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Eastern redbud

Cercis-treeEastern redbud, Cercis canadensis

Scientific Name

Cercis is from the Greek kerkis, which means “a weaver’s shuttle” and refers to the shape of the fruit; canadensis means “of Canada.”

Common Name

Eastern redbud is named for where it grows, in eastern North America, and the beautiful, reddish flower buds. Other names include Judas-tree.

NATIVE RANGE AND HABITAT

Eastern redbud’s native range is New Jersey to northern Florida, west to Missouri and Texas and northern Mexico. Trees grow on upland and disturbed sites in a variety of soils. Trees are frequent in mesic woodlands across Kentucky.

CONSERVATION INFORMATION

Redbud is not ranked as a plant of conservation concern by the Kentucky State Nature Preserves Commission.

Cercis-leavesDESCRIPTION

Growth Habit and Form

Eastern redbud is a small deciduous tree. Trees typically grow 20 feet in height with a similar spread and have gracefully ascending branches and a rounded shape.

Leaves

Eastern redbud leaves are alternate, simple, broadly heart-shaped and 3 to 5 inches high and wide. Leaves emerge reddish, turning green as they expand. Leaves are dark green in summer and yellowish in autumn.

Cercis_canadensis_treeFlowers

The showy flowers are pea-like and rosy pink with a purplish tinge. Flowers develop before the leaves in spring, emerging in clusters along the branches. Redbud is ramiflorous, bearing flowers and fruits on bare branches. This is a rare trait in trees that grow in temperate climates. Flowers bloom between March and April and persist for 2 to 3 weeks. Flowers are pollinated by bees. By mid-summer the flowers are replaced by bean-like seed pods (legumes) that persist through the winter. Redbud flowers and young legumes are edible.

Fruits

The fruit is a flat, oblong legume that is 2 to 3 inches long. Fruit ripen in October and may persist through winter. Legumes have small, red-brown seeds that are ¼ inch long. The seeds are scattered by birds and wind.

Bark

The thin bark is gray and becomes scaly on older trees. Stems are slender, dark reddish brown to black and zig-zag.

Cercis_canadensis_flowerWild and Cultivated Varieties

‘Alba’ is a white-flowered cultivar, otherwise similar to the species.

‘Appalachian Red’ has deep red-purple flower buds and bright pink flowers.

‘Flame’ has double rose-pink flowers. It seldom produces fruit. The cultivar was found in the wild in Illinois in 1905.

‘Forest Pansy’ is grown for its leaves that retain their deep purple color through most of the growing season. It is less abundant in flower than the species.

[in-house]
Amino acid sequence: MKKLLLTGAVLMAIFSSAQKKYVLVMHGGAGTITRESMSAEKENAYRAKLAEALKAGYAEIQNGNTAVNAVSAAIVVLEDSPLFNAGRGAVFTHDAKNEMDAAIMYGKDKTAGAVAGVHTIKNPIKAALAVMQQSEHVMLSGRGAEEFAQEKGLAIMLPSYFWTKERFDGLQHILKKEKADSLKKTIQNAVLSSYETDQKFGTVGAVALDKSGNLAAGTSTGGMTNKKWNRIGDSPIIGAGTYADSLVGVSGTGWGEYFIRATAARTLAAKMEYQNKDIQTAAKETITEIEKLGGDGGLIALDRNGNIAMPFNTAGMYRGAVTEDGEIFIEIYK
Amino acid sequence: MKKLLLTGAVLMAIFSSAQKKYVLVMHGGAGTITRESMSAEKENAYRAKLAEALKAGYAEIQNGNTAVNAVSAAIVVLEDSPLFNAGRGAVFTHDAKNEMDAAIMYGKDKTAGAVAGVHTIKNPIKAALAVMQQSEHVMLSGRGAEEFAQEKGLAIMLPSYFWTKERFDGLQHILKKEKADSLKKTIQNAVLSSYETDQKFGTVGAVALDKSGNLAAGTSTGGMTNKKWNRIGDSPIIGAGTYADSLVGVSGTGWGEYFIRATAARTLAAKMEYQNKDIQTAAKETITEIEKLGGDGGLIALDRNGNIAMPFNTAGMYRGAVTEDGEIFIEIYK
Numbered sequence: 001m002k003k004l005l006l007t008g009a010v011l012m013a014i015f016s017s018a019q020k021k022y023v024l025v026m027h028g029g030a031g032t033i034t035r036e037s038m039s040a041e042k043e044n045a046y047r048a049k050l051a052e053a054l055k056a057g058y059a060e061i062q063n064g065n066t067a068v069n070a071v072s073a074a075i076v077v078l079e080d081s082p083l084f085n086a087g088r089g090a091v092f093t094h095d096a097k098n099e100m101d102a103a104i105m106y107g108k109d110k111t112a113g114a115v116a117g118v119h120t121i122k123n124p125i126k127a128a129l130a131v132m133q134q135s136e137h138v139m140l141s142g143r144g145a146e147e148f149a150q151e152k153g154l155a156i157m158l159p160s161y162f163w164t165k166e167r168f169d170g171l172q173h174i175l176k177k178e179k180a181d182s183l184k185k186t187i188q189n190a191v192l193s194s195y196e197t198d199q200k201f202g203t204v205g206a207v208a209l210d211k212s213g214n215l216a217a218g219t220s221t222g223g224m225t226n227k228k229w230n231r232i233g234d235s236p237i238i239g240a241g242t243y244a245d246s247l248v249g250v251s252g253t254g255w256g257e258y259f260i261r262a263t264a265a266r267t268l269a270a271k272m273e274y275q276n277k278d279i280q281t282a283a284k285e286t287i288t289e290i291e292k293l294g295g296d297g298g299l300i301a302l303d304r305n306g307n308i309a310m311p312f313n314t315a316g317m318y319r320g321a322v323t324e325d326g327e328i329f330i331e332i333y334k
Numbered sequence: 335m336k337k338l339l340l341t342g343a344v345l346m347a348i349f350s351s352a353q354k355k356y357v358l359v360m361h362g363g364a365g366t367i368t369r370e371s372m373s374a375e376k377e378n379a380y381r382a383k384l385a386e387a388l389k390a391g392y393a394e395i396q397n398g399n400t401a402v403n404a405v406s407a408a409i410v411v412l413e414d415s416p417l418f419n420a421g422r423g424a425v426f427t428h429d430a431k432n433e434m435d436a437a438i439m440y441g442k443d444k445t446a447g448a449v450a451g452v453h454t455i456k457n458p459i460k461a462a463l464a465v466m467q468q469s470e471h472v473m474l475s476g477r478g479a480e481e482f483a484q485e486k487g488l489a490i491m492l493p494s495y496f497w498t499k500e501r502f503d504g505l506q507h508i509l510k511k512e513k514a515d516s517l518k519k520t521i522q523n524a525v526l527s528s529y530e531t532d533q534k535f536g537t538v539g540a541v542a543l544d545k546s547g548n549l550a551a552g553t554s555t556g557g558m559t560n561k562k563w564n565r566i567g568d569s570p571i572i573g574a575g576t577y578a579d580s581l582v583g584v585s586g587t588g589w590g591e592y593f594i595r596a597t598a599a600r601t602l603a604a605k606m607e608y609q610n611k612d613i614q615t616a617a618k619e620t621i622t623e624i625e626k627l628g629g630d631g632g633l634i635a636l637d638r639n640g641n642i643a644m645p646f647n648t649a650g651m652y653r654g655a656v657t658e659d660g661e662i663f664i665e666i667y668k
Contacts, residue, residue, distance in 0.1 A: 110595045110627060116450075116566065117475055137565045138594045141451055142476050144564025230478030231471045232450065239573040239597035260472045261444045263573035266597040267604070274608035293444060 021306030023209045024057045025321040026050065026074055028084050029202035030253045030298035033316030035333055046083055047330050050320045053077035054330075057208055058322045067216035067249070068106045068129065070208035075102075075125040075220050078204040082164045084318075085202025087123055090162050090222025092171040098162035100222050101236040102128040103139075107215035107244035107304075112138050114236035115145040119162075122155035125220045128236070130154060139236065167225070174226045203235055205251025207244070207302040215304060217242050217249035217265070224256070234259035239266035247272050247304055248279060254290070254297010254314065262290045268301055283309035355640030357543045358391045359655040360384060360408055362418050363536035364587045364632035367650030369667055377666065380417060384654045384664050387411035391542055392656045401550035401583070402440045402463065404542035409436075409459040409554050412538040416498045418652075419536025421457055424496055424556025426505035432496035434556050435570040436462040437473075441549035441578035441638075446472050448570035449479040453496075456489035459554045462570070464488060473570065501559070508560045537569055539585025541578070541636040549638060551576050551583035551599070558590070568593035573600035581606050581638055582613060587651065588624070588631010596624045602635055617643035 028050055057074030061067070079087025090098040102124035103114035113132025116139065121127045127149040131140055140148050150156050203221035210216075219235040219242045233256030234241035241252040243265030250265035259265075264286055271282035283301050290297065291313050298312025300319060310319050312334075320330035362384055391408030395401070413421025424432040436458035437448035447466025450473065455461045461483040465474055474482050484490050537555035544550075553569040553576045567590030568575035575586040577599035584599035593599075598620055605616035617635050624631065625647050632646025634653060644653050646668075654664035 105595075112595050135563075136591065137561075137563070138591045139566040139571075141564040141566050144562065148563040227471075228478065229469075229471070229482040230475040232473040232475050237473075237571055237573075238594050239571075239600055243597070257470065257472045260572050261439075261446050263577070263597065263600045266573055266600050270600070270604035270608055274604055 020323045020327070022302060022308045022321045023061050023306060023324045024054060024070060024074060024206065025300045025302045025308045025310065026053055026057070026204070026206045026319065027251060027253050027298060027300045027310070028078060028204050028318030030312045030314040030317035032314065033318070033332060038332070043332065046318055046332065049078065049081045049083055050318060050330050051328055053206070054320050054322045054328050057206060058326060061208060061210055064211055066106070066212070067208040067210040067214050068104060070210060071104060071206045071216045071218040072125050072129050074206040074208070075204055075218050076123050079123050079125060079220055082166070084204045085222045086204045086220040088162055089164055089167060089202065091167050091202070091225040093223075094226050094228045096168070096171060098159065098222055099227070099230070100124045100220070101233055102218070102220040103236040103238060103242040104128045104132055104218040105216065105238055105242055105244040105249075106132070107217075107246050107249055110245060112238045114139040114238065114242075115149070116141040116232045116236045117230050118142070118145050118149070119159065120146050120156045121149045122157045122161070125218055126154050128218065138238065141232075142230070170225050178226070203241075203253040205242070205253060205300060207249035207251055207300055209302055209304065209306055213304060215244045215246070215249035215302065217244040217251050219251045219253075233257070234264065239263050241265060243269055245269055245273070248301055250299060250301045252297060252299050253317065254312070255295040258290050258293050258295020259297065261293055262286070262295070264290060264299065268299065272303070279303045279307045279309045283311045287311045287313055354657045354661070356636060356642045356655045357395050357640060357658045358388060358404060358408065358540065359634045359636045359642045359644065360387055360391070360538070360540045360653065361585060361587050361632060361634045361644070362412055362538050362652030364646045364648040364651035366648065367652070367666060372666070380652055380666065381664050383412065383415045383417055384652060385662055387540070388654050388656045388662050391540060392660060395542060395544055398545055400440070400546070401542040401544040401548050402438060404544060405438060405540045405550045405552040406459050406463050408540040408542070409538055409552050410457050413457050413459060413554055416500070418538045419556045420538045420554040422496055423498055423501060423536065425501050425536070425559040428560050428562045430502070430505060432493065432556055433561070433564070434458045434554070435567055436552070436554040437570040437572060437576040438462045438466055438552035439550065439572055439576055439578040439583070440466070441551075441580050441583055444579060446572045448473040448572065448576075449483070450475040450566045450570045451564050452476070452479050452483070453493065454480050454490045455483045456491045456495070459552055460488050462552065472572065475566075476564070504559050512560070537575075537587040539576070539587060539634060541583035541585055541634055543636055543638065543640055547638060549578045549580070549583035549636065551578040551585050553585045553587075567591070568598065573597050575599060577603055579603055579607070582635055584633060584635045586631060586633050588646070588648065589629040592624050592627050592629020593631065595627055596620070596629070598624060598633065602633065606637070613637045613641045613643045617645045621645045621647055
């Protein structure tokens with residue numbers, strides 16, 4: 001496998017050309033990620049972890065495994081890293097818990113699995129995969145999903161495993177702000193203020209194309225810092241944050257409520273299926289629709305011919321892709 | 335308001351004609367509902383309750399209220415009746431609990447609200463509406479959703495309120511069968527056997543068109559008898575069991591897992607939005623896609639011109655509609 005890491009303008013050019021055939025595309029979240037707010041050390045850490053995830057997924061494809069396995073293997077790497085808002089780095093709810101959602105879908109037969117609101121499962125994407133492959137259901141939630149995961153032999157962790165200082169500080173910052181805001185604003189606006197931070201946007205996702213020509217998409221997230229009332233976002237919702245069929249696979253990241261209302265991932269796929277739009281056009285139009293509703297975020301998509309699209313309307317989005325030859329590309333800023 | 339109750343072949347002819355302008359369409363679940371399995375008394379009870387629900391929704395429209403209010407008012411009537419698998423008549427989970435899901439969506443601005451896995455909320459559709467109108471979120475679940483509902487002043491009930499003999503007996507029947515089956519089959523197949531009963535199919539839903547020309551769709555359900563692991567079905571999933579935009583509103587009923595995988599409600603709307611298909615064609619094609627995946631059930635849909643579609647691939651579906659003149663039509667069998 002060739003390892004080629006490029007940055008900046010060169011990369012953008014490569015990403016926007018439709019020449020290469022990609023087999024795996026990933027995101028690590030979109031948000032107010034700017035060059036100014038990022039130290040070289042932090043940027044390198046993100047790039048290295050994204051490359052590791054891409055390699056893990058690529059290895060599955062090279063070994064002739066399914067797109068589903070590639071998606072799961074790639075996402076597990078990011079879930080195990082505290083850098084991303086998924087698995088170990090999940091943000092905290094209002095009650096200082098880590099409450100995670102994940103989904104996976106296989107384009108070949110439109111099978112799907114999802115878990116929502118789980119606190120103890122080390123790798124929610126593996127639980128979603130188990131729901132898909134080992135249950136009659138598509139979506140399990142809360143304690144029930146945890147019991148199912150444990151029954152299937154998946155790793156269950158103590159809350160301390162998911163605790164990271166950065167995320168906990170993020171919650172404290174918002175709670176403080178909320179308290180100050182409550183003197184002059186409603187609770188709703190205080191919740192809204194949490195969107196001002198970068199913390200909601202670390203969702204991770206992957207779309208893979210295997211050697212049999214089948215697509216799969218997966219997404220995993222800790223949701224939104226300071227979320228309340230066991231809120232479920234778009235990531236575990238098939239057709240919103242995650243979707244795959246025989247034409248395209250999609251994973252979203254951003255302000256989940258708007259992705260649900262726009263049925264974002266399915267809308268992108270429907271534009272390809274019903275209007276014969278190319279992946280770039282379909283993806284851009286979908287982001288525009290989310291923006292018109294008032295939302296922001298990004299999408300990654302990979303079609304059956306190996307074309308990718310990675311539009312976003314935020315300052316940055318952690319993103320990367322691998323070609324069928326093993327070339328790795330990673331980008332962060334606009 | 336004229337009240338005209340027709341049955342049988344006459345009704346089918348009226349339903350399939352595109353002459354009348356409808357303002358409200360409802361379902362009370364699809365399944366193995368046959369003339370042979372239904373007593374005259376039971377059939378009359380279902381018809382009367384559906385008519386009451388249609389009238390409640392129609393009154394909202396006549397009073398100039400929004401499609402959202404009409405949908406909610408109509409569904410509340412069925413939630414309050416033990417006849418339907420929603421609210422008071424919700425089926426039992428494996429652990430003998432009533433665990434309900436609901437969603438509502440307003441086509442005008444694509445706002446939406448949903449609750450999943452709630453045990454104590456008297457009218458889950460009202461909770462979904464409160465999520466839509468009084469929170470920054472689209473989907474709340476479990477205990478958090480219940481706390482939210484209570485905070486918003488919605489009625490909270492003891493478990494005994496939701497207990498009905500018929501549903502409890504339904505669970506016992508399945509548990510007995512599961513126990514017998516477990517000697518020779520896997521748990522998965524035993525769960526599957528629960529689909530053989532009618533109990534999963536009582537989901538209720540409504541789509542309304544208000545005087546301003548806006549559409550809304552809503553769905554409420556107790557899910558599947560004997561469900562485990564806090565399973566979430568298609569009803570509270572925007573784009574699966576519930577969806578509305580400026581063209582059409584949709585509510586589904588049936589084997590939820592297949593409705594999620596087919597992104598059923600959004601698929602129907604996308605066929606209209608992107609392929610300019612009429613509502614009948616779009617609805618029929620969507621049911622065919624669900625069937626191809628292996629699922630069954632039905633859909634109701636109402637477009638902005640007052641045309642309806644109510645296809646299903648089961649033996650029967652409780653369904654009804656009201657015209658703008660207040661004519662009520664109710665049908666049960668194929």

‘Lavender Twist’ (‘Covey’) is a vigorous weeping cultivar from New York.

‘Pinkbud’ and ‘Withers Pink Charm’ both have flowers that are true pink.

‘Royal White’ is a white-flowered redbud with larger flowers and more compact form. The parent tree is located in Bluffs, Illinois and was selected by J. C. McDaniel at the University of Illinois.

‘Rubye Atkinson’ has true pink flowers that appear smaller than the typical species.

‘Silver Cloud’ was introduced by Theodore Klein in Crestwood, Kentucky. The leaves are variegated, with small to large creamy white speckles. It grows best in some shade.

‘Tennessee Pink’ has true clear pink flowers. It was selected by Hidden Hollow Nursery.

Subspecies

Cercis canadensis ssp. texensis is from the western portion of the range. The branches and stems are thicker and more rigid. It is hardy in USDA Zones 6 to 9.

‘Texas White’ of the ssp. texensis has white, creamy flowers and lustrous green leaves with wavy margins. This cultivar originated in the late 1960s or early 1970s at the old Germany Nursery in Fort Worth, Texas.

Variety

The variety mexicana has smaller, more circular leaves with undulating margins and a smaller, shrubby form than the typical species.

HORTICULTURE

Landscape Use

Eastern redbud is an ideal garden tree. Trees can be used in small groupings, as specimens and for patios. Trees are suitable for small sites with full sun to partial shade. It is especially beautiful in woodland and naturalized gardens.

Hardiness Zone

Hardy in USDA Zones 4 to 9.

Growth Rate

Medium, 7 to 10 feet in 5 to 6 years.

Cultivation and Propagation Information

Eastern redbud is a relatively easy tree to grow, particularly suited to full sun to part shade and well-drained soils. The tree does equally well in acidic or basic soils. It is best planted balled-and-burlapped or container-grown as a young tree in spring or fall. Eastern redbud was introduced into cultivation in 1641. George Washington reportedly transplanted redbuds from the woods to his gardens at Mount Vernon in Virginia. Propagate by seed. Seeds have hard, impermeable seedcoats and internal dormancy. Scarification and cold moist stratification are recommended. Cultivars are budded on seedling understock by experienced grafters.

Diseases and Insects

Canker is the most destructive disease of Eastern redbud and can cause stems to die back. Leaf spot and Verticillium wilt (fungal disease) are other disease problems.

Wildlife considerations

Flowers are pollinated by bees.

Maintenance Practices

Relatively trouble-free.

TRADITIONAL AND MODERN USES

Redbud flowers and young legumes are edible.

Extracts from the inner bark and roots were used to treat colds, flu and fever.

The branches and stems have been used for basketry.

Redbud is an important ornamental tree